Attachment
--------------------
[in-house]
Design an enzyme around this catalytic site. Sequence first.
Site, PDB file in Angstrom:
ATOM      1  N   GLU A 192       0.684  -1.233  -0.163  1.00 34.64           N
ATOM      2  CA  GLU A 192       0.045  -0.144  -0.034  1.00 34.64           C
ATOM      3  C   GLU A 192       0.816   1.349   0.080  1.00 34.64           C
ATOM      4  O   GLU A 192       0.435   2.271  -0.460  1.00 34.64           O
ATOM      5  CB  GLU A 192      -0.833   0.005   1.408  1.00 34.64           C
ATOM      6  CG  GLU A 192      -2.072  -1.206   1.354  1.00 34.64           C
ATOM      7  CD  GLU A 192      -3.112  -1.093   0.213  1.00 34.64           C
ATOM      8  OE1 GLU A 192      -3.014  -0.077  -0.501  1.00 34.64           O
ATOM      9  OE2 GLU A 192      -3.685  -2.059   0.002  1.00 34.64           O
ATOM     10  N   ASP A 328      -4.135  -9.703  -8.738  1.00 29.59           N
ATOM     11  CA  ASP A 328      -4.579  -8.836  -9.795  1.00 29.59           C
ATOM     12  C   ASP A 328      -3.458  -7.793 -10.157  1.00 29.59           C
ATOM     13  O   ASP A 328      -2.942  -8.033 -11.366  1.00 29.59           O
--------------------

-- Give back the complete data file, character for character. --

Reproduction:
[in-house]
Design an enzyme around this catalytic site. Sequence first.
Site, PDB file in Angstrom:
ATOM      1  N   GLU A 192       0.684  -1.233  -0.163  1.00 34.64           N
ATOM      2  CA  GLU A 192       0.045  -0.144  -0.034  1.00 34.64           C
ATOM      3  C   GLU A 192       0.816   1.349   0.080  1.00 34.64           C
ATOM      4  O   GLU A 192       0.435   2.271  -0.460  1.00 34.64           O
ATOM      5  CB  GLU A 192      -0.833   0.005   1.408  1.00 34.64           C
ATOM      6  CG  GLU A 192      -2.072  -1.206   1.354  1.00 34.64           C
ATOM      7  CD  GLU A 192      -3.112  -1.093   0.213  1.00 34.64           C
ATOM      8  OE1 GLU A 192      -3.014  -0.077  -0.501  1.00 34.64           O
ATOM      9  OE2 GLU A 192      -3.685  -2.059   0.002  1.00 34.64           O
ATOM     10  N   ASP A 328      -4.135  -9.703  -8.738  1.00 29.59           N
ATOM     11  CA  ASP A 328      -4.579  -8.836  -9.795  1.00 29.59           C
ATOM     12  C   ASP A 328      -3.458  -7.793 -10.157  1.00 29.59           C
ATOM     13  O   ASP A 328      -2.942  -8.033 -11.366  1.00 29.59           O